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Rosemary's Baby (1968)

R | | Drama, Horror | 12 June 1968 (USA)
A young couple moves in to an apartment only to be surrounded by peculiar neighbors and occurrences. When the wife becomes mysteriously pregnant, paranoia over the safety of her unborn child begins to control her life.

Director:

Writers:

(novel), (screenplay)
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Won 1 Oscar. Another 9 wins & 12 nominations. See more awards »
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Cast

Cast overview, first billed only:
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Terry (as Angela Dorian)
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Mr. Nicklas (as Elisha Cook)
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Dr. Hill
Hanna Hertelendy ...
Grace Cardiff (as Hanna Landy)
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Dr. Shand (as Philip Leeds)
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Diego
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Storyline

Desirous of starting a family, Rosemary Woodhouse, a young Catholic housewife, and her husband, Guy Woodhouse, a struggling actor, move into the Bramford, a New York building with an unpleasant history of obscure dwellers and ghastly occurrences. Before long, the young couple is befriended by their elderly and somehow eccentric next-door neighbours, Roman and Minnie Castevets, and shortly afterwards, Rosemary finally gets pregnant. However, little by little, as the inexperienced mother becomes systematically cut off from her circle and friends, alarming hints of a well-planned and sinister conspiracy will begin to emerge, enfolding Rosemary in a shroud of suspicion and mental agony. In the end, why is everyone so conveniently eager to help, furthermore, why is Guy allowing this? Written by Nick Riganas

Plot Summary | Plot Synopsis

Taglines:

Pray for Rosemary's Baby.

Genres:

Drama | Horror

Certificate:

R | See all certifications »

Parents Guide:

 »
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Details

Country:

Language:

Release Date:

12 June 1968 (USA)  »

Also Known As:

El bebé de Rosemary  »

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Box Office

Budget:

$2,300,000 (estimated)

Gross USA:

$33,395,426, 31 December 1969
See more on IMDbPro »

Company Credits

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Technical Specs

Runtime:

Sound Mix:

Color:

(Technicolor)

Aspect Ratio:

1.85 : 1
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Did You Know?

Trivia

Final film of Robert Osterloh. See more »

Goofs

Rosemary doesn't lock her apartment door behind her on her way to Dr. Sapirstein, but it is locked when she is racing against time to get inside before Guy and Sapirstein catch up with her. See more »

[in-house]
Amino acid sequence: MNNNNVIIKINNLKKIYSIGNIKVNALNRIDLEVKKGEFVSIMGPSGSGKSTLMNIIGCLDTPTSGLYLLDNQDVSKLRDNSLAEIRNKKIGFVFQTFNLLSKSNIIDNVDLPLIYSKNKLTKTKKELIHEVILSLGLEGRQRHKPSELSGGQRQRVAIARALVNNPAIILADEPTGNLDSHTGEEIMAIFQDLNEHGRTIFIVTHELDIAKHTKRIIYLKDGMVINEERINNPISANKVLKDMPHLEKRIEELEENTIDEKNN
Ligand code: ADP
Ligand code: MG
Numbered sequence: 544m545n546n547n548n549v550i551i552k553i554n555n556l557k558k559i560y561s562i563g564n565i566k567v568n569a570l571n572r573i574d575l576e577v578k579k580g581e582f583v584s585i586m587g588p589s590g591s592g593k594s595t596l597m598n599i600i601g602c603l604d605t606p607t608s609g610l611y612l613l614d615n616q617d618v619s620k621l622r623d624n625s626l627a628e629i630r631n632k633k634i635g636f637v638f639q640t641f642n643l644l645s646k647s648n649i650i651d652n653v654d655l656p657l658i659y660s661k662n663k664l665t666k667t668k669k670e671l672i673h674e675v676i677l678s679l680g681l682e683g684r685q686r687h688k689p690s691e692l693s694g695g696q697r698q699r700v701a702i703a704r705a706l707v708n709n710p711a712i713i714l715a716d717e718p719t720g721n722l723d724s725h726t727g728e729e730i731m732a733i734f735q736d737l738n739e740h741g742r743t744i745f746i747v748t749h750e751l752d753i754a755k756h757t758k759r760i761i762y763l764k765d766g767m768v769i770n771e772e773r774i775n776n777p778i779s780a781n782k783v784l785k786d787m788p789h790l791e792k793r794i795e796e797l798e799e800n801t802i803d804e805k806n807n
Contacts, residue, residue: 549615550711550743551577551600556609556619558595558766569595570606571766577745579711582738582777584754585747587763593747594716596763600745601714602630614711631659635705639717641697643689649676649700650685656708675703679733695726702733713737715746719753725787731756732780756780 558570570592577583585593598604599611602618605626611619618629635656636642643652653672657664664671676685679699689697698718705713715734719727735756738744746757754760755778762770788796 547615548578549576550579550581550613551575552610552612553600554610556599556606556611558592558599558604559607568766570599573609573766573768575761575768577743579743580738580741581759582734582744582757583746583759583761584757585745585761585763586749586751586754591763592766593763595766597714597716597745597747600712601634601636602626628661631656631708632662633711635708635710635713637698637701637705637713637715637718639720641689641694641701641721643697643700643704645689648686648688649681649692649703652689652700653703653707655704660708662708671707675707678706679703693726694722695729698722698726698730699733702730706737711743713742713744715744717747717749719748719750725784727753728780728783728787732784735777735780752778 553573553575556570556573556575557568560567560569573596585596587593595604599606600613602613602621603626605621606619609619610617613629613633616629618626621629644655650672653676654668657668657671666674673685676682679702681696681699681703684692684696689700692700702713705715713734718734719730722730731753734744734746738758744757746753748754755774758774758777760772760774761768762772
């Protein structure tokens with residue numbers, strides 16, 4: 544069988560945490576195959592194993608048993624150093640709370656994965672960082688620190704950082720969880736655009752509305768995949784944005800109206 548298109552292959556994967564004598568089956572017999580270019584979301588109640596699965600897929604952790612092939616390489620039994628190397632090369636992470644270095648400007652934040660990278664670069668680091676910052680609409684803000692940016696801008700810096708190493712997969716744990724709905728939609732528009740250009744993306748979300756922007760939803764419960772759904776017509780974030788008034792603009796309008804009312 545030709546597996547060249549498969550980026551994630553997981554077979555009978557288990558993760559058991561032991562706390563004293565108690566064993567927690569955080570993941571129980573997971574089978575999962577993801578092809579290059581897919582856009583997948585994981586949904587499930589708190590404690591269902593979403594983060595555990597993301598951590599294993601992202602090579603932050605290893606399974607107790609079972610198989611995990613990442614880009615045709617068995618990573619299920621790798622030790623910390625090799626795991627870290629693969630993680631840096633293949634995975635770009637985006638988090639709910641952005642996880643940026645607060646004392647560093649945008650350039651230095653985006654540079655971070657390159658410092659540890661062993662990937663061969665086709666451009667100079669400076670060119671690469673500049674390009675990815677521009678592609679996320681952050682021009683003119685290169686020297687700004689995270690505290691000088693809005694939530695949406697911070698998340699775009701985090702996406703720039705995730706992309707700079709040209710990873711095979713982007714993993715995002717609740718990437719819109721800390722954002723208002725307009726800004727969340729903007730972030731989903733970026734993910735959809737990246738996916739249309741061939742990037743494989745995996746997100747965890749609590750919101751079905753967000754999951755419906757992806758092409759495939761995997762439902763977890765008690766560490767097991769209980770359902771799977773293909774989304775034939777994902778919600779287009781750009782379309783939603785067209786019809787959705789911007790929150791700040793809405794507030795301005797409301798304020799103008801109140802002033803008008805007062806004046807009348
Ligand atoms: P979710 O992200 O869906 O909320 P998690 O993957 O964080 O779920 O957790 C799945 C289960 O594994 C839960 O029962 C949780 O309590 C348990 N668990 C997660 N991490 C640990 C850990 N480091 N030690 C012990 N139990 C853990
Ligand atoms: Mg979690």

Quotes

Minnie Castevet: [whispers] Easy! Easy! You've got her too high!
See more »

Connections

Spoofed in The Glow (2002) See more »

Soundtracks

Lullaby
(uncredited)
Composed by Krzysztof Komeda
Sung by Mia Farrow
See more »

Frequently Asked Questions

See more (Spoiler Alert!) »

User Reviews

 
A Veneer Of Normalcy
25 November 2007 | by See all my reviews

It starts off like one of those 1950's Doris Day movies. Young, idealistic Rosemary (Mia Farrow) and new hubby Guy (John Cassavetes) move into a Manhattan apartment building called the "Bramford". Throughout most of the film we, as viewers, see and hear what innocent Rosemary sees and hears. There's a veneer of normalcy at the Bramford that belies what's really going on, behind our backs. It's the script's POV, therefore, that makes this film so chilling.

At the Bramford, which has quite a colorful history, you can hear through the walls. And, as Rosemary and we viewers soon find out, strange people lurk in other parts of the building. The strangest of all are Roman and Minnie Castevet (Sidney Blackmer and Ruth Gordon), superficially cordial, but a bit too inquisitive. Roman is retired. His wife, Minnie, wears tons of makeup and pawnshop jewelry, and gushes with praise for herbal cures, especially something called tannis-root. And Minnie's friend Laura-Louise (Patsy Kelly) wears thick glasses that make her eyes seem to bulge, and she talks with a strangely deep voice.

"Rosemary's Baby" is one of the great thrillers of all time. Given the underlying subject matter, can you imagine how this film must have come across to viewers in 1968? The strength of the film is the script, which through its plot and dialogue implies and suggests. Not until near the end do we, like Rosemary, find out the presumed truth. Suspense increases toward the end as Rosemary ventures into the inner sanctum of the Bramford.

The film's acting is great, and reinforces the strong script. I particularly liked Ruth Gordon, with her delightfully eccentric behavior and mannerisms. Production design and especially costumes are lavish and colorful. Clothes and hairstyles, as you would expect, are very 1960ish. Visual effects are minimal, and are used to enhance the story, not be the story.

Given the film's POV, the story is rather subjective. Its interpretation is based on Rosemary's perceptions, images, and fears. One could explain that Rosemary suffers from delusions. Or, alternately, one could explain that what happens is real. It's all in the interpretation. Either way, it's a great movie. It holds up well, forty years later, a tribute to its writer and director, Roman Polanski.


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